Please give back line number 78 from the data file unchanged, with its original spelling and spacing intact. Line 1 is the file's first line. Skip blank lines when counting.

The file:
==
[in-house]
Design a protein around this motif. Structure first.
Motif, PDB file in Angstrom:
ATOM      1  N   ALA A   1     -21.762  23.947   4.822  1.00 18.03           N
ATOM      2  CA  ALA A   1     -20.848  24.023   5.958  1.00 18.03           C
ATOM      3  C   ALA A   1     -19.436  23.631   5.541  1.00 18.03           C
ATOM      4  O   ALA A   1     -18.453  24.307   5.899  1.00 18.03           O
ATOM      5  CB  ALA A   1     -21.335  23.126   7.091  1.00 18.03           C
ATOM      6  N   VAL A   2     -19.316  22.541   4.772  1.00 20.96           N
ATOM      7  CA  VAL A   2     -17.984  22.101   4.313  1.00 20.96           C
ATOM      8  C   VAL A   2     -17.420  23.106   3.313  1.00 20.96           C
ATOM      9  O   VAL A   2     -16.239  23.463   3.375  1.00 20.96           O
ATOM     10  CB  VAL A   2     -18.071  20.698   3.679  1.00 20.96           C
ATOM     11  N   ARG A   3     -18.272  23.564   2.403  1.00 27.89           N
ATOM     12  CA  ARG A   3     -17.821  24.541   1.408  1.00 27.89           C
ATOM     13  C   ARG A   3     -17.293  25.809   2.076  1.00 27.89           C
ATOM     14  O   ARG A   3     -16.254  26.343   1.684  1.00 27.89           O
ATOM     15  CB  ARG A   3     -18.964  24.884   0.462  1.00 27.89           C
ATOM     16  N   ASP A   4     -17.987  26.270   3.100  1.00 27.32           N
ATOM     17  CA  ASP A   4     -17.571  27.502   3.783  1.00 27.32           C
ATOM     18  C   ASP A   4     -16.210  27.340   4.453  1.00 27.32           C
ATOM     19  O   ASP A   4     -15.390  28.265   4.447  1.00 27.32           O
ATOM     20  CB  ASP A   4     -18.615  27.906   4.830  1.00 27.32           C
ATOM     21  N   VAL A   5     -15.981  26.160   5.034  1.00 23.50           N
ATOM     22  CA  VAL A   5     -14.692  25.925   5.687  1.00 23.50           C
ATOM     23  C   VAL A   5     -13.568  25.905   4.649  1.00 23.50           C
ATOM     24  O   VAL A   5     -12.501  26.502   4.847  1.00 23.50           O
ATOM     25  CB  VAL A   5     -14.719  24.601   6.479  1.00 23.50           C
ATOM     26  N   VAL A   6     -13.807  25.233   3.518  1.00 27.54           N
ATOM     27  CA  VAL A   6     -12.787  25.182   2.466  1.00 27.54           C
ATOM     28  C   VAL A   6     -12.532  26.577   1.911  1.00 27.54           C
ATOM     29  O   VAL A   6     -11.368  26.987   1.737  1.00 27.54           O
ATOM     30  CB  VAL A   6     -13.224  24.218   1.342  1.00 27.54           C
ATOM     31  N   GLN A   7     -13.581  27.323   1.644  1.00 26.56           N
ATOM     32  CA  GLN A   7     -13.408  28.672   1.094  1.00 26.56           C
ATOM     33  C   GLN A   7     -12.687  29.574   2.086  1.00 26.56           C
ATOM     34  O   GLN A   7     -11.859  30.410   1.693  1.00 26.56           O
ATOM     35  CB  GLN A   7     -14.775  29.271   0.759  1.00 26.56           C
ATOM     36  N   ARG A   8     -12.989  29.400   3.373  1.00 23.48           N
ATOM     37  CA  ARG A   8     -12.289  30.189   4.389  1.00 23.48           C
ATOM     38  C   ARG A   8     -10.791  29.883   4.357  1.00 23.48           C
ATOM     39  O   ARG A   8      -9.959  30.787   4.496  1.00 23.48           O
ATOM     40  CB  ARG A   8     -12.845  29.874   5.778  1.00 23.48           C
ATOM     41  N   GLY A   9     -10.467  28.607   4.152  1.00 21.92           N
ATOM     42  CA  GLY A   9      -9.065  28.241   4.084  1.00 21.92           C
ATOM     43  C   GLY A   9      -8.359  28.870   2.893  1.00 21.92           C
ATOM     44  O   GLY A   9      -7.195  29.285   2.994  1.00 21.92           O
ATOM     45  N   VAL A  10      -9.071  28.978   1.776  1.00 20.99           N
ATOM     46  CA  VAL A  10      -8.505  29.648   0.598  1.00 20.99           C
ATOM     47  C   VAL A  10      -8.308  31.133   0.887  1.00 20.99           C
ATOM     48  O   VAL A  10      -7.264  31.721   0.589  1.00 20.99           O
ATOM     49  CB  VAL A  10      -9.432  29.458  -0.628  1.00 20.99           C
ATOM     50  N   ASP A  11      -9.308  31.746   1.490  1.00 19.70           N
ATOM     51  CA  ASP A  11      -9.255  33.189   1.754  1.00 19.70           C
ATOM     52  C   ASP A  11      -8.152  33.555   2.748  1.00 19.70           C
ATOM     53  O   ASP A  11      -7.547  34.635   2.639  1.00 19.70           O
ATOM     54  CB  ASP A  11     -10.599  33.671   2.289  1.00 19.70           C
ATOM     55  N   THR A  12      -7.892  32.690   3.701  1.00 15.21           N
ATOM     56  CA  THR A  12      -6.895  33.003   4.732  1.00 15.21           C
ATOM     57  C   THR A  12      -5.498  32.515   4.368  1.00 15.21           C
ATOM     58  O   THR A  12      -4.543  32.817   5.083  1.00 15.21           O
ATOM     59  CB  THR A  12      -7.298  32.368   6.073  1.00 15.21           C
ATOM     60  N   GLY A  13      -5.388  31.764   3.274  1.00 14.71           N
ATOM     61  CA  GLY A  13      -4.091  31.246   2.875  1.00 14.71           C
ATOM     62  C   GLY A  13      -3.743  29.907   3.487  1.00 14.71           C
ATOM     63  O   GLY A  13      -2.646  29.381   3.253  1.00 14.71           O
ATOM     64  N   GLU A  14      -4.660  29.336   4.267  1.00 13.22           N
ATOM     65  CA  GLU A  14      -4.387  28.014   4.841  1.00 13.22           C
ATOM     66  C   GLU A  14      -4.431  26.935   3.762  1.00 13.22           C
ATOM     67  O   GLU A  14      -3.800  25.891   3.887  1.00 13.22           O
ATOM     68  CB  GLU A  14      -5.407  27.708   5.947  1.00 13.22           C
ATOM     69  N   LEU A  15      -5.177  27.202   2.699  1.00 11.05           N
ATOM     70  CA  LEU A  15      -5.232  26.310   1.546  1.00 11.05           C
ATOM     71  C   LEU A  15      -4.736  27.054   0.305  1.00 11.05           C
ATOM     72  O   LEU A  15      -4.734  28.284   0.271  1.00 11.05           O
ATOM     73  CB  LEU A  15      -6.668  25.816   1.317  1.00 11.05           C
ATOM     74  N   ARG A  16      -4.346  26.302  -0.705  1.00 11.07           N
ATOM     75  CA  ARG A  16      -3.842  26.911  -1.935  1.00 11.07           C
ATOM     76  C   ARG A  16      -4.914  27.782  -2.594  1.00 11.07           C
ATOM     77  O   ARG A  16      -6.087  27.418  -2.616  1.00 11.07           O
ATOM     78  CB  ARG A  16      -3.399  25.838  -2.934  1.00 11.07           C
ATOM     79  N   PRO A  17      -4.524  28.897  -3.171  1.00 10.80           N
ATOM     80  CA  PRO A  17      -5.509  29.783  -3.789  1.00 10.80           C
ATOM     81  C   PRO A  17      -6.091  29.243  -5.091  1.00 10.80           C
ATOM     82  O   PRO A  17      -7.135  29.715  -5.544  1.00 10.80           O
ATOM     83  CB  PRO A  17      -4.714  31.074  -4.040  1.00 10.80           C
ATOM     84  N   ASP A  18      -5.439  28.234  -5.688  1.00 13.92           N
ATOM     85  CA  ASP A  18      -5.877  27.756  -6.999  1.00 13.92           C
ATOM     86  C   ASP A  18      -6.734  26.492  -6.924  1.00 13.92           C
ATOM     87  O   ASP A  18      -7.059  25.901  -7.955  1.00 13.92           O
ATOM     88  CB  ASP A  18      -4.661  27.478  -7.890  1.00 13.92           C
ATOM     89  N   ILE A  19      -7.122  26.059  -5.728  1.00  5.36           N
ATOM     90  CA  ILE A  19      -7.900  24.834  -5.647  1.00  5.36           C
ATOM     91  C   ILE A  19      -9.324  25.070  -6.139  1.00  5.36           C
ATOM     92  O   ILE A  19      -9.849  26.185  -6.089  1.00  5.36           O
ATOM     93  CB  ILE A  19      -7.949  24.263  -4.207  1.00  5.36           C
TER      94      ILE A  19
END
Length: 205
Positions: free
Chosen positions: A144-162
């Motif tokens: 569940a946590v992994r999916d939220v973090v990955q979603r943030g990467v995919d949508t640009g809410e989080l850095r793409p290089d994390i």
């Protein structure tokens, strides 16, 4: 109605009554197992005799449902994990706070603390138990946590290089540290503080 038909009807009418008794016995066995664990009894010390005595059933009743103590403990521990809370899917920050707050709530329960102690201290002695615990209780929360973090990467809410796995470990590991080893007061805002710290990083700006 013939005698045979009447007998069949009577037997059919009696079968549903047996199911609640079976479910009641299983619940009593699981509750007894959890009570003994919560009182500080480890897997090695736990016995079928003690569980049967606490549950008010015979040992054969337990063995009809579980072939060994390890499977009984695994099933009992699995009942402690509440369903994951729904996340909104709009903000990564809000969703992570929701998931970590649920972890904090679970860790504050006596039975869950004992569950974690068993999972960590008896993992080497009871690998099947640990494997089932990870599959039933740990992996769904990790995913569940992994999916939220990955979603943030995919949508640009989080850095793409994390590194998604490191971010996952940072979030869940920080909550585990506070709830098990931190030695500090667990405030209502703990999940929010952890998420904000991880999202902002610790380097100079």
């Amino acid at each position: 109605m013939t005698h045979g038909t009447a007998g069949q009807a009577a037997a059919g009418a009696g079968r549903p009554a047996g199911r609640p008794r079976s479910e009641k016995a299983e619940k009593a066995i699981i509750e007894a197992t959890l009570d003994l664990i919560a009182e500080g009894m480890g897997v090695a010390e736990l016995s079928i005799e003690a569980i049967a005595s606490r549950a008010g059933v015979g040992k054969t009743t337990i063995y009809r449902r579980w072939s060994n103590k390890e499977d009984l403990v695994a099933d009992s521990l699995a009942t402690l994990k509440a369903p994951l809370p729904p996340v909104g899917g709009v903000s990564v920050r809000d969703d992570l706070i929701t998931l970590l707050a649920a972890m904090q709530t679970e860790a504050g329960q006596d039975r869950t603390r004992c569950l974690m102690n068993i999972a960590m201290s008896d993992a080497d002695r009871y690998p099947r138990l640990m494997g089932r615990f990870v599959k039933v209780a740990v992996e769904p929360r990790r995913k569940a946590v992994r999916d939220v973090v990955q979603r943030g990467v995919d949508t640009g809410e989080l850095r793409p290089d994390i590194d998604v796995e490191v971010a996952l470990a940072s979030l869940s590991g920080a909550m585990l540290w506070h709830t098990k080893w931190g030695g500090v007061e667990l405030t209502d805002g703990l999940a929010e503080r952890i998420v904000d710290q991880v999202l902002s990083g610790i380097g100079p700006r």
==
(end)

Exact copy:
ATOM     75  CA  ARG A  16      -3.842  26.911  -1.935  1.00 11.07           C